The Heritage Foundation of Newfoundland and Labrador’s work with cultural heritage has earned the recognition of the United Nations Education, Scientific and Cultural Organization (UNESCO).
The Heritage Foundation has been given observer status by UNESCO, which gives them the qualifications required to provide advisory services relating to intangible cultural heritage.
“The work we are doing in Newfoundland and Labrador on safeguarding our living heritage is being recognized internationally,” said Derrick Dalley, Minister of Tourism, Culture and Recreation.
“In fact, we have the opportunity of becoming a global leader in the field of intangible cultural heritage. The accreditation through UNESCO is a step in this process.”
With this status, the foundation could be asked to evaluate nominations to UNESCO's Representative List of the Intangible Cultural Heritage of Humanity, a list similar to World Heritage Sites, but intended for cultural treasures. In the past, UNESCO has recognized Chinese shadow puppetry, flamenco dancing, and the traditional Mediterranean diet as examples of the word's intangible cultural heritage.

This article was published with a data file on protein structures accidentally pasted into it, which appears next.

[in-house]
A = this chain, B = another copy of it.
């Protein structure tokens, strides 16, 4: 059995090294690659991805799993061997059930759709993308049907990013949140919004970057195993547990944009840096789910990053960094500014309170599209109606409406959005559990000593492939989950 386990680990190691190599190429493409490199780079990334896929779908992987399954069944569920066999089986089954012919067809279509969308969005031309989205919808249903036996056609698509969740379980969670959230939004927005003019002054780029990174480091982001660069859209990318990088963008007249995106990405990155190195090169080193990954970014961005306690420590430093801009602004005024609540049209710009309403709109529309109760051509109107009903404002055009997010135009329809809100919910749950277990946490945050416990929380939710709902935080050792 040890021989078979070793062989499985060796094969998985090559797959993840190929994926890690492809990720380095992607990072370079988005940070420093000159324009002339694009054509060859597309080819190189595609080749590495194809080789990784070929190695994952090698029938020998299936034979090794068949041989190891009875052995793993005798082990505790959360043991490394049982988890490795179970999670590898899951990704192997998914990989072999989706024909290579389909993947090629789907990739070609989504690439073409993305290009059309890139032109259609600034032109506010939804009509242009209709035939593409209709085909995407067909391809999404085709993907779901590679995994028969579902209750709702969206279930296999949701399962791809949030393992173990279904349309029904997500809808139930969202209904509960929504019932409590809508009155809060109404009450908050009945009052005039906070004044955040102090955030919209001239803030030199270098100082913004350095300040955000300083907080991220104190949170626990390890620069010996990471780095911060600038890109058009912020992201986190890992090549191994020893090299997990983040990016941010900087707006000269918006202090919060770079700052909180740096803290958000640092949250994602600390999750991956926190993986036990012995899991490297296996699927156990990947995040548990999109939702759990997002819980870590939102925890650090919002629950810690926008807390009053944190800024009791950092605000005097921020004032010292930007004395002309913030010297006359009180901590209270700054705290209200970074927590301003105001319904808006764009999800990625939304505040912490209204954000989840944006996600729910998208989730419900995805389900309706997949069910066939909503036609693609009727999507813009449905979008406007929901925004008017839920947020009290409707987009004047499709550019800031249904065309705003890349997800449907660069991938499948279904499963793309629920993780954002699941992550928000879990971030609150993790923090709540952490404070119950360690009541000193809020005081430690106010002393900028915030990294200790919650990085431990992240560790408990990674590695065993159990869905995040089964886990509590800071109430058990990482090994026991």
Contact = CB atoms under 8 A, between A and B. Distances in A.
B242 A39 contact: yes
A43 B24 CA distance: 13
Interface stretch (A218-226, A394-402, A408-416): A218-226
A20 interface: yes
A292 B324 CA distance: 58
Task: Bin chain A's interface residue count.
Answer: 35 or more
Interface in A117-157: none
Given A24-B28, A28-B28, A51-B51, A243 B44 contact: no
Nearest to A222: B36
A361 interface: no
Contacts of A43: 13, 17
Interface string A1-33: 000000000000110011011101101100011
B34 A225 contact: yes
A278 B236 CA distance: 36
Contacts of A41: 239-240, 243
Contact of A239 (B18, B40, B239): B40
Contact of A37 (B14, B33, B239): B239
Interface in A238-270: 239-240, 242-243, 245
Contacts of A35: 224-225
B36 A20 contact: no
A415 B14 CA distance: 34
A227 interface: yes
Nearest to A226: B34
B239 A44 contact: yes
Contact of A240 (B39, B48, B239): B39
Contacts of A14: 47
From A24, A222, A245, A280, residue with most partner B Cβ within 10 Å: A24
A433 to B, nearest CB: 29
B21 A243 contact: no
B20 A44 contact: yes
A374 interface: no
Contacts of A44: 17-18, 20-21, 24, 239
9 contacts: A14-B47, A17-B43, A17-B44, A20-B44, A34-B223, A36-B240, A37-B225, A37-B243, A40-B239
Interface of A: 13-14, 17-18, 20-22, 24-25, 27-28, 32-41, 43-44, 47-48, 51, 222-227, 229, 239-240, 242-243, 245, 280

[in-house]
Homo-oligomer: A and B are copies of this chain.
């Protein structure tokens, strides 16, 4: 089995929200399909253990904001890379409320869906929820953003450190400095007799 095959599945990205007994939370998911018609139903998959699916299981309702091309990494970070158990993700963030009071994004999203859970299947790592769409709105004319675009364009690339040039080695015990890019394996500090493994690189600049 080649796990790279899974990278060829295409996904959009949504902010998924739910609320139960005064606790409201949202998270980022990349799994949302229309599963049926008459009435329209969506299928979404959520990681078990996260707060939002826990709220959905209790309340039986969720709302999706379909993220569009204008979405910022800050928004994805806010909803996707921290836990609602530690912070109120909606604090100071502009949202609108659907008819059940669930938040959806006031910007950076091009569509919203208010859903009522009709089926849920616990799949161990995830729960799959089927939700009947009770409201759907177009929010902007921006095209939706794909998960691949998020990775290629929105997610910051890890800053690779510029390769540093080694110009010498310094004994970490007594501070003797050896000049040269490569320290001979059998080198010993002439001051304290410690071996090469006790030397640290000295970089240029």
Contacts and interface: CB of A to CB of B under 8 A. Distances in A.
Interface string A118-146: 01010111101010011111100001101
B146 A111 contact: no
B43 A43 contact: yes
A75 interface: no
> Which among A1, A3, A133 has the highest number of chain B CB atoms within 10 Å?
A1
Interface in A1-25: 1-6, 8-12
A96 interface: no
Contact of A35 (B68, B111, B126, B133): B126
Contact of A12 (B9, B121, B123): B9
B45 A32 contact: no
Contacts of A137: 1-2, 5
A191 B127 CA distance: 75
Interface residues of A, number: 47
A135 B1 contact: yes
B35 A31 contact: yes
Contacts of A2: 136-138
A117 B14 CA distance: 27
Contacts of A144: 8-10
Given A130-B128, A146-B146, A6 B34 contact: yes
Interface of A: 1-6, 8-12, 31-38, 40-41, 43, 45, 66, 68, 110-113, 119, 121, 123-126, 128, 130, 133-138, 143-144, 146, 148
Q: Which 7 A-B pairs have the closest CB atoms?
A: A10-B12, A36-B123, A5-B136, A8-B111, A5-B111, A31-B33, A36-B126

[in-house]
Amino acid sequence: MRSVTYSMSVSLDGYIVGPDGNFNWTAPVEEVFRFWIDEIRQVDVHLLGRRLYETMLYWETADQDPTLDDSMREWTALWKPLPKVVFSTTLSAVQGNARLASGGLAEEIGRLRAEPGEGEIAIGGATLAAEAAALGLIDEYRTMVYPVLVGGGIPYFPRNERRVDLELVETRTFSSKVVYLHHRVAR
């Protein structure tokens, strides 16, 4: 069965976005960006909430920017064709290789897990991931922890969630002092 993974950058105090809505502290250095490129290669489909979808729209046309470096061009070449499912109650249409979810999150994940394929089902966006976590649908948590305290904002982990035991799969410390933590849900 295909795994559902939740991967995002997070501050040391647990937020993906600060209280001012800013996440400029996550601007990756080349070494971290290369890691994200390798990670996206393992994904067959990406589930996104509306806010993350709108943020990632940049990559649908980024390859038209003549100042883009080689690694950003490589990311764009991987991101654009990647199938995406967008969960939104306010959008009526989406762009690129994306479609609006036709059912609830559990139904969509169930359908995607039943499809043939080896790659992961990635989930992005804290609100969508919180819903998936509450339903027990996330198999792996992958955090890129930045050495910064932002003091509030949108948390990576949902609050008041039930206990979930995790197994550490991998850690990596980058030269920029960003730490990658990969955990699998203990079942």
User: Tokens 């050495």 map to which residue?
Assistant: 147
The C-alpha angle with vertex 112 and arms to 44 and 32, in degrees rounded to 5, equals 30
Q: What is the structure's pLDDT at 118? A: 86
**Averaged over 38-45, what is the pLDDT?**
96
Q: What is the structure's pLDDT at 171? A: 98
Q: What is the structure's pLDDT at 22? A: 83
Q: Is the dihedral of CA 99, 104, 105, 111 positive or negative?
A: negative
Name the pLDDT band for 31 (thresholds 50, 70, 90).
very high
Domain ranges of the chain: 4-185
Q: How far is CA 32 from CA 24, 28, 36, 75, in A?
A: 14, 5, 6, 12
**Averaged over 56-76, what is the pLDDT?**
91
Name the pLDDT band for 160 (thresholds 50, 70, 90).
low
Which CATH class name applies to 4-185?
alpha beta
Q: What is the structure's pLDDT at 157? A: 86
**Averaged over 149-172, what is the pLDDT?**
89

Dr. Jerry Pocius, chair of the Heritage Foundation’s advisory committee for intangible cultural heritage, the designation confirms the foundation’s status as a leader in Canada working to foster the living traditions of ordinary people.
“Having the Heritage Foundation of Newfoundland and Labrador accredited as an official observer of UNESCO's ongoing work in the field of intangible cultural heritage is an honour,” Pocius said.
“It enables the province to share successes here with other groups from around the world, and confirms our status as one of the leaders in Canada working to foster the living traditions of ordinary people.”
The heritage foundation’s work with intangible cultural heritage involves a variety of projects such as the Mummer’s Festival held every December in St. John’s. In addition, the foundation is currently working on a project to celebrate the role of “make and break” engines in the province and is also working with communities to collect oral history and place it on Memorial University’s Digital Archives.